During malaria infection, however, γδ T cells play only a minor role as long as conventional adaptive T cell responses are intact, demonstrated by the fact that γδ T cell deficient mice survive plasmodium infection without extensive organ failure[41]. γδ T cells are needed for protective immunity against the parasite only in mice deficient for γδ T cells. In this case, depletion of γδ T cells leads to severe immunopathology because development of the parasite is not inhibited, an effect that can be reversed through adoptive transfer of γδ T cells[41].

As described above, γδ T cells can have opposing effects in different infection models. This further underlines the functional heterogeneity of the different γδ T cell subsets distinguished by cytokine production or usage of specific receptor chains. The impact that γδ T cells have on the outcome of different infectious diseases might also be influenced by the nature of the adaptive immune response induced by the microorganism itself as this could change the local cytokine milieu dramatically.

LIVER FIBROSIS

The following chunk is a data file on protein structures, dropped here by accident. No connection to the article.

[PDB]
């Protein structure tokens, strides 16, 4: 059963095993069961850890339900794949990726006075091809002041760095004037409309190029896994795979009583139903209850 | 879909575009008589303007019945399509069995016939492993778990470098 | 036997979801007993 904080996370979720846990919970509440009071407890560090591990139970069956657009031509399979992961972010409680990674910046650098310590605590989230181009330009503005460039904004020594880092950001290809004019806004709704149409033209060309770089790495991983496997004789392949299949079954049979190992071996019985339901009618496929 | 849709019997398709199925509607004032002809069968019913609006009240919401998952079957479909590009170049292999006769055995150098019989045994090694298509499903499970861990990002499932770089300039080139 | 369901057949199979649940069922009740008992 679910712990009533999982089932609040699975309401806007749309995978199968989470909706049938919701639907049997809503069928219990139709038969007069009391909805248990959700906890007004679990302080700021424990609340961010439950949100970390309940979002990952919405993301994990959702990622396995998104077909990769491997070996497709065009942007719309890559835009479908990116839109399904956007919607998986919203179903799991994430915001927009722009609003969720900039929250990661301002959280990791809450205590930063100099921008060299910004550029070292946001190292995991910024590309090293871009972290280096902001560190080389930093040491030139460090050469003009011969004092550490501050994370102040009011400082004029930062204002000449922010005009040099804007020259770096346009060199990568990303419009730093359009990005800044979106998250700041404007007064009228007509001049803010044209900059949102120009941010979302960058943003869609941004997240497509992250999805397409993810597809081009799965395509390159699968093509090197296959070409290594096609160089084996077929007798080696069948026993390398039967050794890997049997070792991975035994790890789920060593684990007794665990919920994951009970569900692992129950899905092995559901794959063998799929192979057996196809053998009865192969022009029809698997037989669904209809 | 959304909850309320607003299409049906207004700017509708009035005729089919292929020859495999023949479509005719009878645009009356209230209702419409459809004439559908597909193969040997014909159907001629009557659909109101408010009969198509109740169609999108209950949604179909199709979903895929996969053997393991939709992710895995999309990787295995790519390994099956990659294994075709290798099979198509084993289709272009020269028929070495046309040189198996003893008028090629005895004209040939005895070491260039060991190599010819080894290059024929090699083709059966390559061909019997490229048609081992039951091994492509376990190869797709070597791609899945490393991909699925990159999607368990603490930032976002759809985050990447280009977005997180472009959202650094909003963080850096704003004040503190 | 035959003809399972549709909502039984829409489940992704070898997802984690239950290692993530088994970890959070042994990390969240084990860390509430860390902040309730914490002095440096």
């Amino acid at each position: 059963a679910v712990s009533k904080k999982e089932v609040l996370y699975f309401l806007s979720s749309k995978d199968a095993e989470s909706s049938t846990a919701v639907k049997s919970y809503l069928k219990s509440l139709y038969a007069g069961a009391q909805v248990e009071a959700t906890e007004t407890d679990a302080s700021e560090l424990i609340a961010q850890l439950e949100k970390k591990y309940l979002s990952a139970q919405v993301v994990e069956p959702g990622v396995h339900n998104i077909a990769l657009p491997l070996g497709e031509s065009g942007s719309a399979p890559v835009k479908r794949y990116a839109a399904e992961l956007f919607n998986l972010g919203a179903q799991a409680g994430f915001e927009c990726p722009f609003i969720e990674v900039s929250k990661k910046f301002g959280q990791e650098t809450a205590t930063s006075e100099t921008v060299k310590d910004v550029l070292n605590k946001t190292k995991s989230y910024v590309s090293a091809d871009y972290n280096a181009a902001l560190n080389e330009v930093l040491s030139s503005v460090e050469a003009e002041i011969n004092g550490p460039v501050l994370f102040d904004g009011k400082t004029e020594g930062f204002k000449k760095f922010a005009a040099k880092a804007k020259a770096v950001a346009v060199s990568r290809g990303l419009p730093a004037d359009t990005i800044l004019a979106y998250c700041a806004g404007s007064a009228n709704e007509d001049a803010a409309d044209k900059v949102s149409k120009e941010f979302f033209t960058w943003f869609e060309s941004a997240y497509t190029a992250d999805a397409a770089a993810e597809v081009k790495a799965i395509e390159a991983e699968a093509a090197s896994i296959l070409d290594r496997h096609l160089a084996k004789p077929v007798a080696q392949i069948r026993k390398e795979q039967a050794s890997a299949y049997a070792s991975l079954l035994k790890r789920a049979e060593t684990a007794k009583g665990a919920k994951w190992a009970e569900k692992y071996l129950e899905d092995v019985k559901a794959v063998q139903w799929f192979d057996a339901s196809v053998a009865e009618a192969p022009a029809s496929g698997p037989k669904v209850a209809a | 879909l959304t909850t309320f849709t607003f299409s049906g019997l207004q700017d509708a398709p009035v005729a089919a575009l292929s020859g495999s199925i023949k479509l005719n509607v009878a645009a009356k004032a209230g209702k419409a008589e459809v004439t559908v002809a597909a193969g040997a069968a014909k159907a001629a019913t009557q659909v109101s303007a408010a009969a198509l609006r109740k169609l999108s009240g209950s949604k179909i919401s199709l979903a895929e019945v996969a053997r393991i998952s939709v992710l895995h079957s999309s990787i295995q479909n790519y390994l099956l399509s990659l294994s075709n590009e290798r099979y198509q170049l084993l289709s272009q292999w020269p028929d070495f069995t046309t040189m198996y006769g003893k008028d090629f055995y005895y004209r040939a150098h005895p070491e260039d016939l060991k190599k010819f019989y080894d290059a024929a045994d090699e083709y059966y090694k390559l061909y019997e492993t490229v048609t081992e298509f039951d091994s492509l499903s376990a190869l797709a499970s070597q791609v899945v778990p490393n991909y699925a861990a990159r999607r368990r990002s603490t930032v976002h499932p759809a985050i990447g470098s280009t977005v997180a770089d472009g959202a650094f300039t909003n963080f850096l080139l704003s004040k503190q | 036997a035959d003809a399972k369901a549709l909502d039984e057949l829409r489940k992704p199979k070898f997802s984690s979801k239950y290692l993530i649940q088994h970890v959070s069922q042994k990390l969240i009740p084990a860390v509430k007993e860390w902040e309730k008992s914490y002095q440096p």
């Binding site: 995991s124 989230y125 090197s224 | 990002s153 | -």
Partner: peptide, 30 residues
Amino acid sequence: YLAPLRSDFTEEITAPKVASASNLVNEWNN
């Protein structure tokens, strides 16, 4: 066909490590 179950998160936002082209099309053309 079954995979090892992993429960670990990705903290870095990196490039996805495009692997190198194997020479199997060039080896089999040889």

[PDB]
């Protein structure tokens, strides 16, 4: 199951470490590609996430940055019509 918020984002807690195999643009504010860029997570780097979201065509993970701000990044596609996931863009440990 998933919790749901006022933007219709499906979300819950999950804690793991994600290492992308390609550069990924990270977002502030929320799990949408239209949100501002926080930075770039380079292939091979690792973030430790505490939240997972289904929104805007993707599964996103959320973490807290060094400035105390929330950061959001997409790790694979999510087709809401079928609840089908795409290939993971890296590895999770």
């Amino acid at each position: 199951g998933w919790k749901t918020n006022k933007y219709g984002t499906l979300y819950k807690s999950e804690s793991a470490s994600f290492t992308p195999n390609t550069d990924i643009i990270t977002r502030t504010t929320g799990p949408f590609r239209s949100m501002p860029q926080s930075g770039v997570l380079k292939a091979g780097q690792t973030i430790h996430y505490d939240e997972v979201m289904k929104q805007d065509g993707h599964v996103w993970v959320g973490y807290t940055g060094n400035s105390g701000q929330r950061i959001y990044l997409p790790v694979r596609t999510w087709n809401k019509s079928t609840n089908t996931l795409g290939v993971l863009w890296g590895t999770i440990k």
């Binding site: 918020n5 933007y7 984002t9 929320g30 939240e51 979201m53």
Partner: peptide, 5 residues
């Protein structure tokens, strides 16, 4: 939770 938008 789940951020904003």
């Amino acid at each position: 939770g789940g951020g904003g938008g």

Independent from the underlying etiology of liver disease, such as viral hepatitis, alcoholic and non-alcoholic steatohepatitis or other origins, chronic liver diseases characteristically progress from tissue injury to chronic hepatitis and fibrosis to liver cirrhosis as the end-stage of chronic liver diseases[42]. Persistent inflammation in the liver is considered the driving force for disease progression. Over recent years, several studies have emphasized the crucial role of various immune cell subsets for controlling inflammation and fibrogenesis in the liver and the interplay between the different leukocyte populations, including monocytes, Kupffer cells, NK/NKT or T lymphocytes, appears to be tightly regulated by cytokines and chemokines[43,44]. Although IL-17 has been recognized as an important regulatory cytokine in hepatic inflammation[31], relatively few data exist on the contribution of γδ T cells to the pathogenesis of liver fibrosis. γδ T cells accumulate in fibrotic liver and contribute to IL-17 production in different experimental models of chronic liver injury, as well as liver samples of patients with chronic hepatitis[45,46]. Interestingly, IL-17 itself, produced mainly by αβ T cells and neutrophils, was found to promote fibrosis progression through activation of hepatic stellate cells (HSC) and Kupffer cells.